Frequently Asked Questions
A case's worth is based on five areas, assuming that the liability issue is straightforward. These areas include:
- Past medical bills
- Future medical bills
- Lost wages
- Loss of earning capacity
- Pain and suffering
There is no concrete formula for determining a case's value. However, based on our experience with past cases in Connecticut, we may be able to estimate the value of your case once we have gathered all medical records and have an idea as to whether your physical and mental state has improved or worsened from the date of injury. The following factors will be also considered: the severity of your injuries; the details of your accident; your degree of fault; your employment history; your ability to work; and your life expectancy. The manner in which you obtain medical treatment, your lifestyle, and your litigation history will be considered.
Almost anything may be asked at a deposition unless the purpose of the questions is to harass the party or the information is privileged. Questions that may be asked during a deposition may include the following:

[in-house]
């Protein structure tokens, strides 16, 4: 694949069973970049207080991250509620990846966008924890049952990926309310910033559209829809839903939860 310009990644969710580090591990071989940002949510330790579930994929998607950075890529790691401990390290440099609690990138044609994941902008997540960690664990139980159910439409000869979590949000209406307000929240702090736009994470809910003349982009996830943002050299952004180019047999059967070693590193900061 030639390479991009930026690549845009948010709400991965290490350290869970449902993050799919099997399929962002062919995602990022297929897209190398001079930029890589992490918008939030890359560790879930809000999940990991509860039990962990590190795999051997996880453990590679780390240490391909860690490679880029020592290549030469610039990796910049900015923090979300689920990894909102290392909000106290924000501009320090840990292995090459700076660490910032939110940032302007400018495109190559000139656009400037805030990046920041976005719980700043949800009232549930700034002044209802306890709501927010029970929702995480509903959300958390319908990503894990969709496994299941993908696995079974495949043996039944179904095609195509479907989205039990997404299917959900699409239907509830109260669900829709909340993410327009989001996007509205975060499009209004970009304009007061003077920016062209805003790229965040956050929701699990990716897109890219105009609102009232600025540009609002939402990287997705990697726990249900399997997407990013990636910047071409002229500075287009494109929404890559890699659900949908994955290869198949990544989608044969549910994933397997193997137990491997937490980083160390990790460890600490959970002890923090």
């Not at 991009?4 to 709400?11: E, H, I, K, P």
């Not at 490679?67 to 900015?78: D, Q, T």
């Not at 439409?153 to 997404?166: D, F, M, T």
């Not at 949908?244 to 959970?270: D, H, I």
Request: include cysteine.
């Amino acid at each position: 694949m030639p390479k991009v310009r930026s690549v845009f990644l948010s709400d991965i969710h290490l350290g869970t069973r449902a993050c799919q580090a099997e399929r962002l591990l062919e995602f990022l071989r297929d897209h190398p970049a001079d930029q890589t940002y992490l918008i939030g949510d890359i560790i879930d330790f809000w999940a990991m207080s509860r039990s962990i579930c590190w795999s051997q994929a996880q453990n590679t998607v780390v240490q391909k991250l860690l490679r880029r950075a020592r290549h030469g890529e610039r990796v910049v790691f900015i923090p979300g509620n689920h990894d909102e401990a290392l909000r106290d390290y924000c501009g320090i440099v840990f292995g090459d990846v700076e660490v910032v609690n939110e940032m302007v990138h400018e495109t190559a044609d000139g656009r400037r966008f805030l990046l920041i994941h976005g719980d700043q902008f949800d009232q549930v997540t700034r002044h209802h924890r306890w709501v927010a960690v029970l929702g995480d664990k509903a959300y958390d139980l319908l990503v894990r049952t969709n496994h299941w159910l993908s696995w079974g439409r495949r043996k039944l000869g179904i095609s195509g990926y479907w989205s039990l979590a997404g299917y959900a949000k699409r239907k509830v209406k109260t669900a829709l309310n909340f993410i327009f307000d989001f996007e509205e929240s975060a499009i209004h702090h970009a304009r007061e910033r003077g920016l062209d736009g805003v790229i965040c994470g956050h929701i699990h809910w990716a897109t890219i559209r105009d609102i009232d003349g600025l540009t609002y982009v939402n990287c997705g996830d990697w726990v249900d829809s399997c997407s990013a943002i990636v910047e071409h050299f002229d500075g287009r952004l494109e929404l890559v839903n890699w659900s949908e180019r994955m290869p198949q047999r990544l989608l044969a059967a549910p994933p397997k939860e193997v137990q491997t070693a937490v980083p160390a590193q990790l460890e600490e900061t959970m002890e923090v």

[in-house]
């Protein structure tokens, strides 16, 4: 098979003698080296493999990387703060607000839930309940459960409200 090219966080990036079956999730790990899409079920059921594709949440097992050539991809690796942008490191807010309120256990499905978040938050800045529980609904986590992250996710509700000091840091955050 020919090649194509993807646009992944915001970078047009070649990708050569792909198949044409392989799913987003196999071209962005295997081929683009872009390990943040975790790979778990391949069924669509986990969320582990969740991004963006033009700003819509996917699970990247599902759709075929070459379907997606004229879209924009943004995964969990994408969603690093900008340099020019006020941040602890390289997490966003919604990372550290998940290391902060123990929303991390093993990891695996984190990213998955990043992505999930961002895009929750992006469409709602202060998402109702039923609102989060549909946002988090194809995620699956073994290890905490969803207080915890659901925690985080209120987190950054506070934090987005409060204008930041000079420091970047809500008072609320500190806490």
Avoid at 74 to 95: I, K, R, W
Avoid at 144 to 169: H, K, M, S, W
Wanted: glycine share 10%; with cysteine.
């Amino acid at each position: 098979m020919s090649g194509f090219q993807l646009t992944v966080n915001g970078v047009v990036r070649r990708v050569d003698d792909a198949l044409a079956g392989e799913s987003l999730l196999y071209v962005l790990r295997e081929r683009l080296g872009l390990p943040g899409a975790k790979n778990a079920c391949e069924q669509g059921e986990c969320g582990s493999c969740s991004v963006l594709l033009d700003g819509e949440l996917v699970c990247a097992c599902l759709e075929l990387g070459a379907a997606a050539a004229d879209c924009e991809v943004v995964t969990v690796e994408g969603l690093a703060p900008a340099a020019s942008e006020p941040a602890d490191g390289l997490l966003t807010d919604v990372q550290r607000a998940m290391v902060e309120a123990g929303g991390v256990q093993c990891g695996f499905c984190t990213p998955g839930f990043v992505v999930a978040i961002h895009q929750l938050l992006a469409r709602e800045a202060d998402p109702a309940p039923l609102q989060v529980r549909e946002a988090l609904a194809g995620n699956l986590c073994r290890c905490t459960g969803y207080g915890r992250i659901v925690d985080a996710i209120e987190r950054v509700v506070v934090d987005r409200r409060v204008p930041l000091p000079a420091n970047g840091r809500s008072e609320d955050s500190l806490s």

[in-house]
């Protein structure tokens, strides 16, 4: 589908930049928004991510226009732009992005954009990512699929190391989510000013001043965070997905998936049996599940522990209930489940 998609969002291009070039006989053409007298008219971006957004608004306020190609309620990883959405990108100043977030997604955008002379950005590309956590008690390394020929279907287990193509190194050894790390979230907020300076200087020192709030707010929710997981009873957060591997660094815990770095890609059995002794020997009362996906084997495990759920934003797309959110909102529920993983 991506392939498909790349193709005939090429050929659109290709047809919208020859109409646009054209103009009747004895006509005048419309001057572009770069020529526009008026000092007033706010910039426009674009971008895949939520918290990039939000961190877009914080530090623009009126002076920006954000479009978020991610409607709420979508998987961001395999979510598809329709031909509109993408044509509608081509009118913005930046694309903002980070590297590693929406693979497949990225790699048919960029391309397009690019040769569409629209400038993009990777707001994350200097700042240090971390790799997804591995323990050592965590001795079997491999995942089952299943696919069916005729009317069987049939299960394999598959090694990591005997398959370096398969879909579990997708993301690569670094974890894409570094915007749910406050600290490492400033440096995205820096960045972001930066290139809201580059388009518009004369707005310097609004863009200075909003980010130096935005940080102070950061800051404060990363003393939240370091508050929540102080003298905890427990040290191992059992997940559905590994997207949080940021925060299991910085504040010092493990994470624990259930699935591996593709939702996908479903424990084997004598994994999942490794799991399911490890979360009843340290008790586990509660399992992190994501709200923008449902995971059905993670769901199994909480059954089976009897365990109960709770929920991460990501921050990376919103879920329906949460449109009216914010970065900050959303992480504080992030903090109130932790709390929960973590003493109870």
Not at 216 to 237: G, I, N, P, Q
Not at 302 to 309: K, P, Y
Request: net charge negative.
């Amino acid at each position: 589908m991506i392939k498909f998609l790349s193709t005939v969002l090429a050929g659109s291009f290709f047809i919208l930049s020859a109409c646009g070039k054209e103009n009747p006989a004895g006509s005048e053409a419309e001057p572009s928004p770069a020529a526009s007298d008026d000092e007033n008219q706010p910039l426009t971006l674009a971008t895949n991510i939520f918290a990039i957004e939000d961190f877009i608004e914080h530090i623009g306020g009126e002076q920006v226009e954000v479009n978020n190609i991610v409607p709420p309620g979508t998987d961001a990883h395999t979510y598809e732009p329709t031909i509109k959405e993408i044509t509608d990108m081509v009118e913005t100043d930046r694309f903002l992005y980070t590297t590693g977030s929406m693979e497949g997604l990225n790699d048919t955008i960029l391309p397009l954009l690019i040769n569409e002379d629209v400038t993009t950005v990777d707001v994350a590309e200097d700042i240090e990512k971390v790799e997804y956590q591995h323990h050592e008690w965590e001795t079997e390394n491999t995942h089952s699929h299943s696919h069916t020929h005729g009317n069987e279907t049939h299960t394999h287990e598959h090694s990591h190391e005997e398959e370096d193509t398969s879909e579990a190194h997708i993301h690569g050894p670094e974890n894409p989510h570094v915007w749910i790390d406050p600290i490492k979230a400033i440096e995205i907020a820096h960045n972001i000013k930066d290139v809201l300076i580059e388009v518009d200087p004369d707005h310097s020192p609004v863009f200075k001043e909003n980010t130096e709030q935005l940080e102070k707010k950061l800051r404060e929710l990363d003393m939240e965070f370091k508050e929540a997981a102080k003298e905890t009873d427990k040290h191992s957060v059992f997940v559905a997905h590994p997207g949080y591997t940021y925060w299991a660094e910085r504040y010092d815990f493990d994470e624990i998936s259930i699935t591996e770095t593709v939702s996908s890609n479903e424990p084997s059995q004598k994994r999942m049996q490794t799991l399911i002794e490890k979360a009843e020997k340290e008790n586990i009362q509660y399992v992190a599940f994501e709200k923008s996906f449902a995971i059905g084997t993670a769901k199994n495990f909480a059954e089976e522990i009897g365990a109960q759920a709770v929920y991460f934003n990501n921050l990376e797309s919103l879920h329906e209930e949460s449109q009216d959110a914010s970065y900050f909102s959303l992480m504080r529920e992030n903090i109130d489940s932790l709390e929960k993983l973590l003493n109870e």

- What types of illnesses and injuries have you suffered from during the course of your life?
- Have you previously been involved in any other lawsuits or legal claims (i.e. workers compensation)?
- Were there any witnesses to the accident?
- Did you file an insurance claim?
- What is the nature of your injury?
- What is your job history?
- How has your injury affected your life?
- When was the date of your last treatment?
Our attorneys can help you prepare for your deposition by reviewing documents with you, such as police reports or medical records. We will also prepare you with mock questions that may be asked during the deposition and will be there during the questioning to guide you and make objections.
Many drivers believe they have full coverage, but are not insured under certain circumstances. In many cases, our clients often find that even though they believe they have “full coverage,” they do not have underinsured or uninsured coverage, which will cover you in the event of an accident where the other party cannot compensate you for all of your injuries. You should contact your insurance company and discuss what coverage you have, and, if necessary, contact us immediately if you believe your insurance company is trying to avoid paying a valid claim.
Sometimes your own insurance company may not want to satisfactorily compensate you for your injuries with the underinsured/uninsured motorist coverage that you purchased. In that case, we will work with you to force them to pay a higher amount.
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